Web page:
Chuka - Religion and Beliefs
|The entirety of this page is an edited narration by Petero Gacumba, quoted in H.S. Kabeca Mwaniki's book "Embu historical texts" (1974: East African Literature Bureau, PO Box 30022 Nairobi, Kenya). Copyright H.S.K. Mwaniki, 1974.
|In this page:
God and religion
The Devils, Nkoma
Incident with Devils
We knew that God was 'on high' while there were devils on the ground, or under the ground. We had to keep ourselves 'pure' otherwise bad things would always come in our homes. The warriors especially had to be very careful. If one went to fight when not ritually pure, he would be killed.
We believe that:
mama mari iguru, matiri uthu na muntu,
mama mari nthi, nimo maii.
These on high have no enmity with anyone,
These on the ground (or under) are the ones who are bad.
No churches as you build today existed but people asked for blessings every time. Even a small group going to a place would say, 'Rugami twikie mata', 'stop, let us throw saliva', meaning, 'Let us stop and ask for blessings' and they would offer some prayers.
Medicine men belong to God. They were trained by him and told us things that were always true. Others 'beat the goat', solemnly rested on the ground on its side and requested it to tell the people. Since the people would not understand, he would explain.
Whenever we felt need, we sacrificed to God. For instance, if one saw a mystery, like seeing a person clearly close to him and the person disappearing mysteriously, the person had seen God! He had to sacrifice, otherwise bad things would follow him. Meat was put in sharpened sticks and put on tall trees for the 'owners' to come and take. No bone of the sacrificial goat was broken!
Nkoma were bad. Their presence was known because they were heard dancing and singing, blowing horns and using leg-bells, etc., like living men but mainly at nights. They even 'circumcised' our children and ordered the Chuka not to circumcise during their season. Many were 'circumcised' by the devils in this way but we recircumcised them later after sacrificing.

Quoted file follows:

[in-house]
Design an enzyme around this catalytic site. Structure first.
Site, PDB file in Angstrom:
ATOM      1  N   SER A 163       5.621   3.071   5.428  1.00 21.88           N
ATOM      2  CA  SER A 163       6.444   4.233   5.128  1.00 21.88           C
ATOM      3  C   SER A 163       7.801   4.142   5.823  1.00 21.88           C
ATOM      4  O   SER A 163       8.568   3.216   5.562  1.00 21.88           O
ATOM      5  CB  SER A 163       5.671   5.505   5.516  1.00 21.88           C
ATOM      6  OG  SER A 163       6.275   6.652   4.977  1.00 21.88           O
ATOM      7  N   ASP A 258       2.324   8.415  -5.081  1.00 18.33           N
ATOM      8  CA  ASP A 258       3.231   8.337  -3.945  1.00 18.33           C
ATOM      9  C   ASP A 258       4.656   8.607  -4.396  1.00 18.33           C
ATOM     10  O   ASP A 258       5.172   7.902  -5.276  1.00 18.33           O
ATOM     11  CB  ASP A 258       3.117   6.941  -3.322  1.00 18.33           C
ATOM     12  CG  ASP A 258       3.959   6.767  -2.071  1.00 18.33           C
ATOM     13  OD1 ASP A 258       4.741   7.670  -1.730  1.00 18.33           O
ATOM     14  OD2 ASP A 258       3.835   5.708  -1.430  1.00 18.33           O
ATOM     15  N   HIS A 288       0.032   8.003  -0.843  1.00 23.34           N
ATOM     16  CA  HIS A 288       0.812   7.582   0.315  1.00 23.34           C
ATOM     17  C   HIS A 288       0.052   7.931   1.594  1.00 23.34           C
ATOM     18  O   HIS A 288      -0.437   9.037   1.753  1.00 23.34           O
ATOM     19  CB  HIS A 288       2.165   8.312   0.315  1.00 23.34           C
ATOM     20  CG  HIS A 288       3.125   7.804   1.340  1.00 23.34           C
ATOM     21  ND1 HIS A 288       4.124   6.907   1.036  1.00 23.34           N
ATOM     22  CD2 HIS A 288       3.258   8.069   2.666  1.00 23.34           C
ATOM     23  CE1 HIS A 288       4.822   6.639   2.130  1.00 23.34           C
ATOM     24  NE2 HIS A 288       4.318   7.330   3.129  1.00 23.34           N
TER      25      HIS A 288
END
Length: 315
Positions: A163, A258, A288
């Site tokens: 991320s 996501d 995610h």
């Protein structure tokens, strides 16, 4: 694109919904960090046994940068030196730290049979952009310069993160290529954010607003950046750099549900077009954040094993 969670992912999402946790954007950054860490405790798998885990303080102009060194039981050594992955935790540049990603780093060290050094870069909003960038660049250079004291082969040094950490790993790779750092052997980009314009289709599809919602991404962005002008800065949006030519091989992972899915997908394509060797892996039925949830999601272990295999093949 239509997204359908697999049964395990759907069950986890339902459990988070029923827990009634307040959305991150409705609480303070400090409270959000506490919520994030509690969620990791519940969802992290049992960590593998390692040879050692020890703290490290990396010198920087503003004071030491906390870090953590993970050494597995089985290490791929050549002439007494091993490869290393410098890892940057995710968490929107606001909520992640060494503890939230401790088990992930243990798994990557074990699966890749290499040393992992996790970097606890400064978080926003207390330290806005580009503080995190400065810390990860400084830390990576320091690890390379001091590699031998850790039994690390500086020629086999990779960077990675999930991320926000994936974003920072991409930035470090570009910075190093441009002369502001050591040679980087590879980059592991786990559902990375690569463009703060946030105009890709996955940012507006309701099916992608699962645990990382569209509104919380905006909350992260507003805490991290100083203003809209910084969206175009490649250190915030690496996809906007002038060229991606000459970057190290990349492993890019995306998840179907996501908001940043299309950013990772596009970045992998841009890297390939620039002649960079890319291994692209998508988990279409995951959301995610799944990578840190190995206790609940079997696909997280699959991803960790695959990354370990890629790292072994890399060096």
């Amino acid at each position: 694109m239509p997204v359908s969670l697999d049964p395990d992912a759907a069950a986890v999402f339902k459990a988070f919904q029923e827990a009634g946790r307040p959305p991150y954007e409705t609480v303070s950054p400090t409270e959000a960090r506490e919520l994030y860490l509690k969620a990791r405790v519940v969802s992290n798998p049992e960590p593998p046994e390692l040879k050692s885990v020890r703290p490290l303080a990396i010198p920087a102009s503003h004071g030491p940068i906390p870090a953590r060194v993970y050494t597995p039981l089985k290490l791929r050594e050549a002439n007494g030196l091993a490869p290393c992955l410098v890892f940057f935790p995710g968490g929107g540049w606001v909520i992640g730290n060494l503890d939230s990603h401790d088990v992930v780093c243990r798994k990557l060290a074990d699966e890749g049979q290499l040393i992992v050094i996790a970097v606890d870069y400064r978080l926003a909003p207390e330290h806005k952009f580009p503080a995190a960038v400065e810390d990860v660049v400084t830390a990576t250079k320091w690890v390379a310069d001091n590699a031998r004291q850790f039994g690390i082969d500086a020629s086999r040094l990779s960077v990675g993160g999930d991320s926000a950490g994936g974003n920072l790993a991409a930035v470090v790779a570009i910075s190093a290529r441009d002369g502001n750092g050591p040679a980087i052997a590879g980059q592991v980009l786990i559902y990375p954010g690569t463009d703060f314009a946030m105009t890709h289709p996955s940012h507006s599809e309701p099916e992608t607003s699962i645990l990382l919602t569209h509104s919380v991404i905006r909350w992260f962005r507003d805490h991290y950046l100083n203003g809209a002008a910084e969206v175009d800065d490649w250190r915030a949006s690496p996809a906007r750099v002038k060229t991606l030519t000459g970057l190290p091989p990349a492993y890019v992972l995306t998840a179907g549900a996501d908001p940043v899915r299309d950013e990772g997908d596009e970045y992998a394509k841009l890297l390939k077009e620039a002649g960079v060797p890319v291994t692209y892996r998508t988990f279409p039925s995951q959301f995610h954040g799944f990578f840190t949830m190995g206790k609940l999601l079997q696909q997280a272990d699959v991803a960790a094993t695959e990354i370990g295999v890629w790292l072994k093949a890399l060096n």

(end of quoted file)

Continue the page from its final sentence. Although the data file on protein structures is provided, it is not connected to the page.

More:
The devils cultivated at times like during the rain of Mutwamakembo, but when they made a shamba (farm), they did not plant.
A woman and her husband at Kigunka sat in their hut as it rained. Then a child was heard crying outside their door. After a time, they opened to find a small child paced just outside the door by the devils. They picked it up, cared for it till it grew big and was circumcised. Then the young man married and had a son of his own who was very mysterious. He was full of charms and would fight Chuka enemies without being hurt. He would be slashed with swords but would not die. He would be killed but would revive! He made the Chuka formidable to their enemies.
A Tharaka traitor revealed the secret of the man's life. He advised Mwimbi enemies of the Chuka to open his chest if they killed him. In his chest was hidden a horn of charms which if removed the man would be mortal.
This was removed by the Mwimbi and the man did not revive this time. He died for good. His father, very annoyed, said: 'I thought I was at home, but if you have betrayed my son, I'll go.' He left and went beyond Ciokariga and made a cave in which he disappeared with his daughters. The daughters used to emerge from the cave, dance nchungo with the Tharaka and go back.
We did not bury any dead. The dead were thrown out and eaten by hyenas. Only the mugwe [paramount chief] was buried.